Ceremonial groundbreaking on The Jack and Kathy Shields Family Hall football complex April 20, 2024. (Photo: Joseph Weiser)

In 2018 Notre Dame completed the $400 million Crossroads project that transformed Notre Dame stadium into a state of the art 77,000 seat football palace. In 2020 ND made another huge investment, the cost of which has not been disclosed, and unveiled a massive indoor football practice facility known as the Irish Athletic Center (IAC).

Ground was ceremonially broken last Saturday morning a couple hours prior to the Blue-Gold Spring game, on what promises to be the next jewel in ND’s football facilities crown. A new Notre Dame football facility to be known as The Jack and Kathy Shields Family Hall with 150,000 square feet, will be roughly 50% bigger than the current football facility the Guglielmino Athletics Complex (“The Gug”). It will include cutting edge amenities and plenty of space to address the needs of the growing football staff and program.

The Gug was opened in 2005 and cost a reported $21 million to construct and at the time it was considered to be among the finest such complexes in the nation. In less than 20 years however, ND had fallen back in the big time football facilities race.

In recent years the football program had outgrown the Gug as the size of the football program’s support staff had increased and other football programs around the nation unveiled new such facilities full of cutting edge technology and amenities.

Notre Dame athletic department officials, reportedly toured the Clemson football facility last fall, prior to ND’s game against the Tigers. That facility, opened in 2017 and known as the Allen N. Reeves Football Complex and was built at a cost of $55 million. A price tag for the Notre Dame facility was not disclosed but is expected to exceed $100 million.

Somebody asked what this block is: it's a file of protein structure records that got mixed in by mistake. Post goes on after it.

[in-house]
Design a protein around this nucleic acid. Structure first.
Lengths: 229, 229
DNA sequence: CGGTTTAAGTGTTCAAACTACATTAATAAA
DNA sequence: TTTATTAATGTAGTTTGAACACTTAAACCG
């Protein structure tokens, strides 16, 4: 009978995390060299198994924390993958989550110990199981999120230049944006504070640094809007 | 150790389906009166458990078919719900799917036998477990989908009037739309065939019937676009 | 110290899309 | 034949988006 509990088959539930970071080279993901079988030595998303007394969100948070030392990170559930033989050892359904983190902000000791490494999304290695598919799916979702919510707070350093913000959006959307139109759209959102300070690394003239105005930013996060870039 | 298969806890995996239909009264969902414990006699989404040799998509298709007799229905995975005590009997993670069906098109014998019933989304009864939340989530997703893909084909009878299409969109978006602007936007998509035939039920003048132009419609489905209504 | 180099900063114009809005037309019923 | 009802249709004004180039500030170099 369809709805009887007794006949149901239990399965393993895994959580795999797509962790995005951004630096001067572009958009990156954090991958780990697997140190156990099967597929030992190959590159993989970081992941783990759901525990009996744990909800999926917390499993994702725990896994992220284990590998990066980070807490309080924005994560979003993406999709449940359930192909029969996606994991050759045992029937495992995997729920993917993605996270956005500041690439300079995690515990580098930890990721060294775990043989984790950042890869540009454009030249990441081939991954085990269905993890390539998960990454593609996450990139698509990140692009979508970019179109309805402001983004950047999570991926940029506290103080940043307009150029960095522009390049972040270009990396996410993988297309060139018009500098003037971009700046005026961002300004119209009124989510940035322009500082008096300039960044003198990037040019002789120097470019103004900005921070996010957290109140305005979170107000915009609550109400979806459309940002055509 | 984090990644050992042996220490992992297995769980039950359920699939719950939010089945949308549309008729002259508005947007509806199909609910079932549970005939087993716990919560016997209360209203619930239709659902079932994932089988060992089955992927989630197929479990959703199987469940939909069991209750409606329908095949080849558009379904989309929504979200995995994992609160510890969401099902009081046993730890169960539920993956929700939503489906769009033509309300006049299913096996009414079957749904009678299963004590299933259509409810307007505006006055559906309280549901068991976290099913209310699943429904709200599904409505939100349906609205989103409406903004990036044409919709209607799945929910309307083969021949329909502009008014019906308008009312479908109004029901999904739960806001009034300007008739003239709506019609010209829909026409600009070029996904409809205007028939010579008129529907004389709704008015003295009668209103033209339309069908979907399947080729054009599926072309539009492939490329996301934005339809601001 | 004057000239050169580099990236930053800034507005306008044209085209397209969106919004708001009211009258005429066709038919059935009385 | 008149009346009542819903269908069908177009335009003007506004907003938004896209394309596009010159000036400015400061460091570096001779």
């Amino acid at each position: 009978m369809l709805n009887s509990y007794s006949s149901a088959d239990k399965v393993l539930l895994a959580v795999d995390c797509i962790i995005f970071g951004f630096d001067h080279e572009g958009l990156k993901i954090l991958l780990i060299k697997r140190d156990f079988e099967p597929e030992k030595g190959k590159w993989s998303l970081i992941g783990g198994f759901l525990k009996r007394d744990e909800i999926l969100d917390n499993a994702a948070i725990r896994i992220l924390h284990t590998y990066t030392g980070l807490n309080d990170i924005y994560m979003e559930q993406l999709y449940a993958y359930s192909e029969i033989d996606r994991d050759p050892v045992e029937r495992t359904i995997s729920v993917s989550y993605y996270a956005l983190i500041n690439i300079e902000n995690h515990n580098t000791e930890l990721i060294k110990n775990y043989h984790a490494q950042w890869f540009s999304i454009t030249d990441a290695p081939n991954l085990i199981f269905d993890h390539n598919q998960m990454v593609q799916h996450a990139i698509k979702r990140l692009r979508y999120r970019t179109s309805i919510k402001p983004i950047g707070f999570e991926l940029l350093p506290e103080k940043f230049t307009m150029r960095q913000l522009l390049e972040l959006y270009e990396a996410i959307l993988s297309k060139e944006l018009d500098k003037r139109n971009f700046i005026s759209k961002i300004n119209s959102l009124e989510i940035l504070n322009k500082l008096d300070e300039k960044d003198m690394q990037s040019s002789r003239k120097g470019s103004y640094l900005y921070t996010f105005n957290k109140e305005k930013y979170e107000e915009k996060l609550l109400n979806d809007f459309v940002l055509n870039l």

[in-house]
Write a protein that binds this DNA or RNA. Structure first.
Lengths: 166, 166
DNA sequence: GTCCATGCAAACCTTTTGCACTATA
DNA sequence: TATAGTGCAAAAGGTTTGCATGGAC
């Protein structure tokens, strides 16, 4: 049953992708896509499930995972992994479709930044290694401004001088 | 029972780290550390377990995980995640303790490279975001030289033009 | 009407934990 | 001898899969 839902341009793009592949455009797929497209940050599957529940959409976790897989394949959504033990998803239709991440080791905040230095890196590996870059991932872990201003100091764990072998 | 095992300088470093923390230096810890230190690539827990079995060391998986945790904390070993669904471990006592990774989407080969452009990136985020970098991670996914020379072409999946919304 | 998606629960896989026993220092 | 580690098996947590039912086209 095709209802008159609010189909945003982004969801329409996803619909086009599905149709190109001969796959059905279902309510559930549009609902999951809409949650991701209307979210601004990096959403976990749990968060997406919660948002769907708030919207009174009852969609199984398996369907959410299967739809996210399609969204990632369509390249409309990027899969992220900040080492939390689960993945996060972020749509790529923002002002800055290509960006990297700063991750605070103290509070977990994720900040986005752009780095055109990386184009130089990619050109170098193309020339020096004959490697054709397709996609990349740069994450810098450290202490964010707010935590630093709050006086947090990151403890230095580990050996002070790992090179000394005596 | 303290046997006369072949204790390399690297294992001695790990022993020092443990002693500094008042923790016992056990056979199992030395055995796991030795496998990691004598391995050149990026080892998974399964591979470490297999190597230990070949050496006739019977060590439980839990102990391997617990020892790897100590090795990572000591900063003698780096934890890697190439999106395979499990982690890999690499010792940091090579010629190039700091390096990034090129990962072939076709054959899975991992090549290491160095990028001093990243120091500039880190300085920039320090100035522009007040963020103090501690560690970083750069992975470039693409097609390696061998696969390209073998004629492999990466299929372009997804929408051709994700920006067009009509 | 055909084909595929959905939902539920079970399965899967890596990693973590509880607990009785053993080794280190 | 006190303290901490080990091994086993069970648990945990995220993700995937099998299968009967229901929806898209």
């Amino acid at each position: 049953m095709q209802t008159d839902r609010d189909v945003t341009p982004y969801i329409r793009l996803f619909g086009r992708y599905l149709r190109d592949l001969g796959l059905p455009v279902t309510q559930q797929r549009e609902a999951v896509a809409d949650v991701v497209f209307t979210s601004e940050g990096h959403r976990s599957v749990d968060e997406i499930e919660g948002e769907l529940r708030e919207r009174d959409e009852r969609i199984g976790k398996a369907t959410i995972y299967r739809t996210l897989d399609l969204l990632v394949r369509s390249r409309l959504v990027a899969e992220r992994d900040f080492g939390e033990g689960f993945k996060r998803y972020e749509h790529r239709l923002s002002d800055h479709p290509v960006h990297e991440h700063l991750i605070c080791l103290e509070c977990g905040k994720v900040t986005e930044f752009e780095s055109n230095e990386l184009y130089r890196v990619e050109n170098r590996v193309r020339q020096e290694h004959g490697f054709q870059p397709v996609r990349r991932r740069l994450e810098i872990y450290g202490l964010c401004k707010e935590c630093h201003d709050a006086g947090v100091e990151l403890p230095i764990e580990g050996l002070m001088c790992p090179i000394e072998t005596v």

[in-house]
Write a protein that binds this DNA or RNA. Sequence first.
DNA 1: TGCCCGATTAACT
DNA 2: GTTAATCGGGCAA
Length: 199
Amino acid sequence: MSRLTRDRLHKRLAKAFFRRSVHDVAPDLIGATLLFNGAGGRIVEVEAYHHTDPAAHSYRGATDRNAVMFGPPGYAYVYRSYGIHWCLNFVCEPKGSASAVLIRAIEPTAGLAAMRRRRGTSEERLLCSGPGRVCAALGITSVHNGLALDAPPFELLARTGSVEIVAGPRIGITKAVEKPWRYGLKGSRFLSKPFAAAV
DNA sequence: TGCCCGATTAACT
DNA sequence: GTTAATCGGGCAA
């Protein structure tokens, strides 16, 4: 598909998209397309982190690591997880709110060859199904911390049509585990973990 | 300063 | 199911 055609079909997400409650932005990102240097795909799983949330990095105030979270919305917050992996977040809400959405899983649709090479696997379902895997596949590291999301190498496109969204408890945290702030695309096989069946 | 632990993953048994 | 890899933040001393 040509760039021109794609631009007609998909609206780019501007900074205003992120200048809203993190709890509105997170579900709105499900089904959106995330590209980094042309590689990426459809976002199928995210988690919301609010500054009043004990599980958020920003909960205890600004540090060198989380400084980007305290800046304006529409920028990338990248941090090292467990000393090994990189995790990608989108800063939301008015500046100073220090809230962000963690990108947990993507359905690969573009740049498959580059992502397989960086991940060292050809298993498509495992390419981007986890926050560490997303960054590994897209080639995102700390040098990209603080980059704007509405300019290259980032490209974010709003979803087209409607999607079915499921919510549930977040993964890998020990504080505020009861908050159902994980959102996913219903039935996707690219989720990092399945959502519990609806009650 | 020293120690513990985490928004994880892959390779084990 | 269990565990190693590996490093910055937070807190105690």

When complete, the new football complex will cover approximately 150,000 square feet. (University of Notre Dame Media Relations)

According to the press release the facility will include advanced training and sports medicine facilities, an equipment room with body scanning and fabrication technology and a player nutrition area “designed to foster community between teams and model healthy eating.” The ability to prepare meals on site was considered important. Currently meals are prepared elsewhere on campus and trucked in.

Academic support spaces, an expanded locker room, “media innovation spaces” including recording and photo studios, enhanced weight training facilities, a two level all-team auditorium and an augmented reality walkthrough room are also planned to be among the building’s amenities.

It is widely believed that one of the reasons Brian Kelly was able to be lured away to LSU in 2021 was because of his belief that ND lacked such a cutting edge football facility.

A group of five former football alumni including class of ’83 linebacker Jack Shields (whose name will be on the facility) were announced as having provided “generous support” for the project. The other four players named are former safety Pat Eilers, who starred on the 1988 national championship team, Pat Kramer who played defensive end in the late 70’s and early 80’s, Dave Butler a linebacker from 1983-’86 and Tom Carter, a cornerback from 1990-1992 who went on to play 9 years in the NFL. Notre Dame’s press release also cited, “other substantial donors who wish to remain anonymous”.

The present Gug will be renovated and in the future, utilized as a resource for all of Notre Dame’s athletic programs.

The new facility itself will be built just to the east of “the Gug” on land currently occupied by the campus tennis complex. Construction is scheduled to begin after the spring semester is complete. The complex should be ready for occupancy in the fall of 2026.

(University of Notre Dame Media Relations)

Besides retired athletic director Jack Swarbrick, new athletic director Peter Bevaqua and head football coach Marcus Freeman among those addressing the crowd at the groundbreaking ceremony, was current ND All-American cornerback, Ben Morrison.

Morrison spoke of his own recruitment and the impression the then new Irish Athletics Center (IAC) had had on him.

“Facilities do matter”, Morrison told the crowd.

ByPhil Houk

For over 25 years, bringing you the glory of Notre Dame football.

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